Several House members requested the GAO report last year, after information about the intricate White House public-relations "machine" began to surface in the news. Raising questions of government transparency and conflict of interest, media watchdog groups and some officials expressed outrage over reports that prominent columnist Armstrong Williams was bankrolled by the administration to write articles praising the No Child Left Behind education program.

A similar scandal over "covert propaganda" erupted in reaction to the administration's "video news releases," or generic newscasts presenting a positive spin on government programs, which were then used verbatim by mainstream media outlets.

While many of the promotional projects listed in the study disclose the government as the source of the information, the report reveals several media contracts -- one worth nearly $650,000 -- to help create these non-attributed video news releases, giving unequivocally positive coverage to topics like tighter airport security regulations.

The Food and Drug Administration spent $20,000 in 2004 on the development and distribution of such news releases to warn consumers about the potential physical and legal problems of purchasing medical products on the Internet.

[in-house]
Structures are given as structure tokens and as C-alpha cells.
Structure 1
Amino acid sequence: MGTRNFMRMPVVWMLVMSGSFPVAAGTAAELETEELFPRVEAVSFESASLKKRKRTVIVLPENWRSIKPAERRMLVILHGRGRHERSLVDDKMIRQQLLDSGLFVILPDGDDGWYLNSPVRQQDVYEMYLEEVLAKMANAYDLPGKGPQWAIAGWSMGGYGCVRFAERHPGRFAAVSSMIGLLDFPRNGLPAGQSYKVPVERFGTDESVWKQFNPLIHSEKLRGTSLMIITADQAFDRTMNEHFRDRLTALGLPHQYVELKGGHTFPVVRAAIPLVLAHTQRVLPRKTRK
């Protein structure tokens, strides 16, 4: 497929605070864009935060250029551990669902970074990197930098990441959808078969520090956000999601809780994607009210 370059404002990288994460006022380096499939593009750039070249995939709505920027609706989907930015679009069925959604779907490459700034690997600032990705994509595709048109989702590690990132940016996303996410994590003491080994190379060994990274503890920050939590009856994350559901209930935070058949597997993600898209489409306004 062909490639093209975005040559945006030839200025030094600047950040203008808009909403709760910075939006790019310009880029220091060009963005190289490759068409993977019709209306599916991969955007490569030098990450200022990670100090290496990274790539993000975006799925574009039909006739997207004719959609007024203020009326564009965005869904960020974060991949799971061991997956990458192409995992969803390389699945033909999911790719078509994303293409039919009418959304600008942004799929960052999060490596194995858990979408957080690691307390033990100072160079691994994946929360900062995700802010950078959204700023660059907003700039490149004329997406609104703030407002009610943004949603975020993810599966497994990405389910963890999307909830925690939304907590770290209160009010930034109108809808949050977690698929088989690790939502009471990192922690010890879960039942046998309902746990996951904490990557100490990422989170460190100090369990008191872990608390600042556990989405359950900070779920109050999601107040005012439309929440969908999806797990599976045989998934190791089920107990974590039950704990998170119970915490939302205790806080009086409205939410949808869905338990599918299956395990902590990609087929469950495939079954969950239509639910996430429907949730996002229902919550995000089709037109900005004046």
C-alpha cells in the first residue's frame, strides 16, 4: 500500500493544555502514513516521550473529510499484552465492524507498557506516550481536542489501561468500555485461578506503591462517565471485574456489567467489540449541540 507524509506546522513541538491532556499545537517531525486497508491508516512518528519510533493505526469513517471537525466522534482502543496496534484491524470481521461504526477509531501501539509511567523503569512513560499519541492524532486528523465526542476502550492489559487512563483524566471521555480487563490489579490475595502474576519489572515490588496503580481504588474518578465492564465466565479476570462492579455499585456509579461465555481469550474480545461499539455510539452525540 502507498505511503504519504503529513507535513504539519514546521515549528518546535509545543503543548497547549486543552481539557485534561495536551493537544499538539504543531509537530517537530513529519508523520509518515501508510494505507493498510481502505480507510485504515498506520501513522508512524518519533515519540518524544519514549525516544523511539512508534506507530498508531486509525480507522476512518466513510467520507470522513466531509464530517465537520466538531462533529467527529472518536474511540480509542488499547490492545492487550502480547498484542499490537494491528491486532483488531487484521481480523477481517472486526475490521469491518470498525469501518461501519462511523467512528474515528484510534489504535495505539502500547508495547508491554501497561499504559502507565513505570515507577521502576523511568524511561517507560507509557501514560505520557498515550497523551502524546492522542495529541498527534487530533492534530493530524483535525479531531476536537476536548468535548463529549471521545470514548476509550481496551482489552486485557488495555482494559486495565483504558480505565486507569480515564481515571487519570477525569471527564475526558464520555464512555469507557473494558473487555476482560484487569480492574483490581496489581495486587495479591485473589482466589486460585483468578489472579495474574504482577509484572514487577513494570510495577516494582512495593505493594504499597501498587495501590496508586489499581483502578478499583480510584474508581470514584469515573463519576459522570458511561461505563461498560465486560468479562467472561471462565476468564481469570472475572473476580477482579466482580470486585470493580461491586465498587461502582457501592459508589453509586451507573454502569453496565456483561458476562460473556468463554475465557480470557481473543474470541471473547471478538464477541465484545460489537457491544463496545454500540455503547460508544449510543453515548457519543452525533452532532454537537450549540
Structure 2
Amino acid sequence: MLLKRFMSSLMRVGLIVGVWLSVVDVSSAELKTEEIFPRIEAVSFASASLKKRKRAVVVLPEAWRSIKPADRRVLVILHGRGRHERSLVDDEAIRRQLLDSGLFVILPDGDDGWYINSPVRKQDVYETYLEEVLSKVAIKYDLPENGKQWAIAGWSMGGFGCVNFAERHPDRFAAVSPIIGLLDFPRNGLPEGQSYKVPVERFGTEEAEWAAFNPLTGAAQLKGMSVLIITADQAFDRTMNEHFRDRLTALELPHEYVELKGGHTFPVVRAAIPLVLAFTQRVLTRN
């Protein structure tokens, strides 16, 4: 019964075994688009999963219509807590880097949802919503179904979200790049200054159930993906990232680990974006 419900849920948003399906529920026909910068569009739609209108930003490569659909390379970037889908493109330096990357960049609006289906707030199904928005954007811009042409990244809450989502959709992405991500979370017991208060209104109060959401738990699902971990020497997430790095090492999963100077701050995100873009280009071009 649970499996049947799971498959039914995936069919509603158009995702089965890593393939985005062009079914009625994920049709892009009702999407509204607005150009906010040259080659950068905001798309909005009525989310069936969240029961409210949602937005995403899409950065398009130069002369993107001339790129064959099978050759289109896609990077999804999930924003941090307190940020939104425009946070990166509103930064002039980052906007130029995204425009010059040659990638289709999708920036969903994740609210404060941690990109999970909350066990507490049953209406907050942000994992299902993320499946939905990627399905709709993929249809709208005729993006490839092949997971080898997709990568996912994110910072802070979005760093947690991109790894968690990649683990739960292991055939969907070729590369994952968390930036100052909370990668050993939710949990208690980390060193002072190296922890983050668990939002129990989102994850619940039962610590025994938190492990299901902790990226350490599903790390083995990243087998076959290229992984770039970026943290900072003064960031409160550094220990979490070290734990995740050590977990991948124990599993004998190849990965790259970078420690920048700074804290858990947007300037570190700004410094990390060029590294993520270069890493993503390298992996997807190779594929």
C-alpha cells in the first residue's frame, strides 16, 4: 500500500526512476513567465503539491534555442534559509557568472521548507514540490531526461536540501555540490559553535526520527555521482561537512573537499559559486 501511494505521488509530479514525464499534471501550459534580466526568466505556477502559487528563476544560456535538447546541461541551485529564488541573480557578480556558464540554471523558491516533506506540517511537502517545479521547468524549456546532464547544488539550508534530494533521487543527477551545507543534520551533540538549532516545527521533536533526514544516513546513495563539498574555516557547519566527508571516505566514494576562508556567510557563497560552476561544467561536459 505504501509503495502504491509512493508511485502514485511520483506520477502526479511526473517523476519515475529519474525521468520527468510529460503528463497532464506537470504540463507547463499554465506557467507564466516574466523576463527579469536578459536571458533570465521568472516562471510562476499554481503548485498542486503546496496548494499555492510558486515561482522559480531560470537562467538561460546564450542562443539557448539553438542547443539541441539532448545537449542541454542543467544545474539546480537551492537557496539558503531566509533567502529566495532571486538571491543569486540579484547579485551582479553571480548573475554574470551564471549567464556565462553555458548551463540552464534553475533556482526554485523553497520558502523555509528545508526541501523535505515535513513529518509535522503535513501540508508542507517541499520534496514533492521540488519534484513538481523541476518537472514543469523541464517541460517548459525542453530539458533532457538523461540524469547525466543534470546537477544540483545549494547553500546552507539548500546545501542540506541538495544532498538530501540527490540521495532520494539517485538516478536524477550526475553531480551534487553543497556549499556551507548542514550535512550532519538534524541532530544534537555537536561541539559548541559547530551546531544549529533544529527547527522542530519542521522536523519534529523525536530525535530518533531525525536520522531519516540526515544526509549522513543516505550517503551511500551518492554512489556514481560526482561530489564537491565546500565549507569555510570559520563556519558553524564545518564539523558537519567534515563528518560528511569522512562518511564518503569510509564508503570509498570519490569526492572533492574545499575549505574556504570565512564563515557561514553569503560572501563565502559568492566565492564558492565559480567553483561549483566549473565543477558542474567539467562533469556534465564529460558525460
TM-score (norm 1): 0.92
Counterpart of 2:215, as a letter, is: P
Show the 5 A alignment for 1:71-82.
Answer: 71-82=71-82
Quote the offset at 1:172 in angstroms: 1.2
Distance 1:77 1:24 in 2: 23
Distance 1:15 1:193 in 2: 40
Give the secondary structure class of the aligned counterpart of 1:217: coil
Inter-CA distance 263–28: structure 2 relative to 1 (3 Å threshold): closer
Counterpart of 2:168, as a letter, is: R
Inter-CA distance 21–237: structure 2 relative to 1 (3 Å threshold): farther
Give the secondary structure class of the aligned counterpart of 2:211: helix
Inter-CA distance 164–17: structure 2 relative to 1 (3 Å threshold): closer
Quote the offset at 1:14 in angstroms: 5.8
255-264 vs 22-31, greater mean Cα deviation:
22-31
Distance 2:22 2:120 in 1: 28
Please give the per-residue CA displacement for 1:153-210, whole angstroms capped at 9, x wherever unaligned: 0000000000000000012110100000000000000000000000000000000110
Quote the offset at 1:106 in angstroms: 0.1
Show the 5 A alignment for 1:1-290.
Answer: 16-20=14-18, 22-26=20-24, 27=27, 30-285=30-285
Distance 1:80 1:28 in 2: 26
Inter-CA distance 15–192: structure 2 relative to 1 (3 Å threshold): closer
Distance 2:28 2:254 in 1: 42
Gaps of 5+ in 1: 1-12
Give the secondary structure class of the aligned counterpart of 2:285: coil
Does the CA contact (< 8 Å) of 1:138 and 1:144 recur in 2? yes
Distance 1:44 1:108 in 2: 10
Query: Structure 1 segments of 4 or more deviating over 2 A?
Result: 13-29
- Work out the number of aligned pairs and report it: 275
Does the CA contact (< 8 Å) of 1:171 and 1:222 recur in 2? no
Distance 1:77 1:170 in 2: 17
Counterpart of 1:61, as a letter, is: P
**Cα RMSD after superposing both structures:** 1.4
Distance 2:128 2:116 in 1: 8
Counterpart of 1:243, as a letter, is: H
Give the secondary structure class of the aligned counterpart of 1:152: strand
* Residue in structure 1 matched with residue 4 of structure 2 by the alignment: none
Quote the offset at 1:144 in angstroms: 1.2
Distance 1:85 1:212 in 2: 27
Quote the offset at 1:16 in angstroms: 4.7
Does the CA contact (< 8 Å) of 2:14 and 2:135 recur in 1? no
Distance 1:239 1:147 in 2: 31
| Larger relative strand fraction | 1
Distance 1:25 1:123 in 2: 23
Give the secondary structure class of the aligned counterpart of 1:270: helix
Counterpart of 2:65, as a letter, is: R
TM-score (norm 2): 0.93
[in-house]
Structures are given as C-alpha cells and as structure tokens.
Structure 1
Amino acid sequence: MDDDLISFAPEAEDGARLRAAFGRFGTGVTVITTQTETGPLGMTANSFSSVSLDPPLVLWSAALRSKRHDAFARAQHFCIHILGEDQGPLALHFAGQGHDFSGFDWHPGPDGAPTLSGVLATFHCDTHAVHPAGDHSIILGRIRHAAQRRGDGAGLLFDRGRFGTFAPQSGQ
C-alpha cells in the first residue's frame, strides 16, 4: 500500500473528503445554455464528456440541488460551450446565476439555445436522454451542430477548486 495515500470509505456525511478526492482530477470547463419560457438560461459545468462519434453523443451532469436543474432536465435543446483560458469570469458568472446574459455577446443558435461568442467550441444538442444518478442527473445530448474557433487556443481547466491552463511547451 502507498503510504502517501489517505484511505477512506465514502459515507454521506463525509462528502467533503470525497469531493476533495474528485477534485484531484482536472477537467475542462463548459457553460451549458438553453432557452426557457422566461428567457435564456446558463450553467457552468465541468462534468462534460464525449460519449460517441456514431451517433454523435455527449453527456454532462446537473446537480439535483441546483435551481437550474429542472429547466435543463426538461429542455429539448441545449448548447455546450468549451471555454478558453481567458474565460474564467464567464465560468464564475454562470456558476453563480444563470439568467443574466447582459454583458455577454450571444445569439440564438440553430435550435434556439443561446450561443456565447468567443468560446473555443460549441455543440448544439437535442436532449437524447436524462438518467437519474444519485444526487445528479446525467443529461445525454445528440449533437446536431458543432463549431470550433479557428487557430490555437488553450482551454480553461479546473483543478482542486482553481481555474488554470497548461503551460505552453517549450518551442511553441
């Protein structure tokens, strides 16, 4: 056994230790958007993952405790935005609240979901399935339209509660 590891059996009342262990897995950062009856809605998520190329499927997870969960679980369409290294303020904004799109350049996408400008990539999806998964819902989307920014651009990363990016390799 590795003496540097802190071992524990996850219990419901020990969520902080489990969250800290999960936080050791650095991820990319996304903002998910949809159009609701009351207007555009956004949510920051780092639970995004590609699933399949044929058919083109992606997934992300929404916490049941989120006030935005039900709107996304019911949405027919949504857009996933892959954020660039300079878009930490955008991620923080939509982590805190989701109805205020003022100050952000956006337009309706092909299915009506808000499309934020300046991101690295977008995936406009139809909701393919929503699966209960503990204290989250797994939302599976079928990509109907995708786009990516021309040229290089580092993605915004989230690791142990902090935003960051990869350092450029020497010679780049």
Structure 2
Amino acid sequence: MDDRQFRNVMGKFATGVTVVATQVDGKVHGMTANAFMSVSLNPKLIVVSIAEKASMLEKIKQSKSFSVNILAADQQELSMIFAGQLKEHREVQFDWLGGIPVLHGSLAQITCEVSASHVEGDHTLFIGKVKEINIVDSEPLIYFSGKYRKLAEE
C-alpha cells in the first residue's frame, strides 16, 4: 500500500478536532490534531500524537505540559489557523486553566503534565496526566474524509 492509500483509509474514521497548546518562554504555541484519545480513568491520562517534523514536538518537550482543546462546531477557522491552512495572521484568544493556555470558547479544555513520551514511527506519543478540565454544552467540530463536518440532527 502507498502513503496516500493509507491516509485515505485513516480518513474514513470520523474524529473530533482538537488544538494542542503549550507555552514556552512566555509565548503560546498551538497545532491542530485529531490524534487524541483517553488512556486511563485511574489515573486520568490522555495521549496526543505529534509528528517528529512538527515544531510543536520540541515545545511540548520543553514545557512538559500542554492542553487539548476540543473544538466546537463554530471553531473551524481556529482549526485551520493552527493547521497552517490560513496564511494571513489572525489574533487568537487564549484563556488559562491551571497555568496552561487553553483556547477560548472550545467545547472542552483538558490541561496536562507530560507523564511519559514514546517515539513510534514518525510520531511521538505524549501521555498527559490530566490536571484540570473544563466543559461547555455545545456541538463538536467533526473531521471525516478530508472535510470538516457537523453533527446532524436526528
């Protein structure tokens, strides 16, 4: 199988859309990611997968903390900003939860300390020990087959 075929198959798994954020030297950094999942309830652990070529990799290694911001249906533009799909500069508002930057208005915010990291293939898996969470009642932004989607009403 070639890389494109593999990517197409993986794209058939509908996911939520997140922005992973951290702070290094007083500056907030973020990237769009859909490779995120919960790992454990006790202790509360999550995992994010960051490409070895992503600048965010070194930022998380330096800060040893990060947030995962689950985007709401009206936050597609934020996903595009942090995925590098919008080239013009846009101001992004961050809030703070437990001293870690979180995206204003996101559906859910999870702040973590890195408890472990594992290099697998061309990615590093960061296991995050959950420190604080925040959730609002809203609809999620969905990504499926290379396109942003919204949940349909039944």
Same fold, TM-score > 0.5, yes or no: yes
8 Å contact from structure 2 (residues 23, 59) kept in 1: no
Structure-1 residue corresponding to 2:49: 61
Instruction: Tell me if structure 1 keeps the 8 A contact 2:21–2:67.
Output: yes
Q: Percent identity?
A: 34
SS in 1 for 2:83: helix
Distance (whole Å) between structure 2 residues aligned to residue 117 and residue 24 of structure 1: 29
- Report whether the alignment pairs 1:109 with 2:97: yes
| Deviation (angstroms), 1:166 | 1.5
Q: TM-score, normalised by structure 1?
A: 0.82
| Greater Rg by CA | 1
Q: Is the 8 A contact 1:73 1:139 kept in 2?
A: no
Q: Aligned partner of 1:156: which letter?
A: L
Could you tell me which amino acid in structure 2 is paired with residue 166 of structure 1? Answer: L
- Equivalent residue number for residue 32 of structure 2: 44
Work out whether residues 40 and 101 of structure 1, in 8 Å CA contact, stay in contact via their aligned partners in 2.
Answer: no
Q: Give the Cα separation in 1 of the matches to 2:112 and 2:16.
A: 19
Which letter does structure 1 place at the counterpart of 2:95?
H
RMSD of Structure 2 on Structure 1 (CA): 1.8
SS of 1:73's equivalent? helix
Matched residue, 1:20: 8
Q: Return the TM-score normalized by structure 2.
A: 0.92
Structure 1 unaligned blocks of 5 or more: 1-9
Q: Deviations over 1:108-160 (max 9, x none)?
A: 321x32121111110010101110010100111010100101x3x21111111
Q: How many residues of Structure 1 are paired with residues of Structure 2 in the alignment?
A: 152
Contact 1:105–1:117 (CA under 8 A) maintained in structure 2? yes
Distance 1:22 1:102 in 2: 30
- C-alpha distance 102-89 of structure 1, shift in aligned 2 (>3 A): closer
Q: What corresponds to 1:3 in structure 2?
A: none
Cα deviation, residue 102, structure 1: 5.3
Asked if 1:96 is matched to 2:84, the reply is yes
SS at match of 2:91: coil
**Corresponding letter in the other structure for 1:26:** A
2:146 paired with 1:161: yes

In the past, the GAO has challenged the legality of clandestine White House public-relations efforts. But the administration's legal counsel has issued statements defending the practice, arguing that the non-sourced news releases were legitimate public-education tools since "there is no advocacy of a particular viewpoint."

But the findings of this most recent GAO study turn less on legal issues and more on the question of whether the White House can justify the public cost of its self-promotion.

Following the release of the report, the media reform group Free Press issued a statement calling for a deeper investigation and full exposure of the administration's media operations. Spokesperson Craig Aaron said, "We must ensure that taxpayer money isn't being spent by the White House to secretly manipulate the American public."

Michelle Chen is a staff journalist for The NewStandard , an independent, non-profit daily news outlet.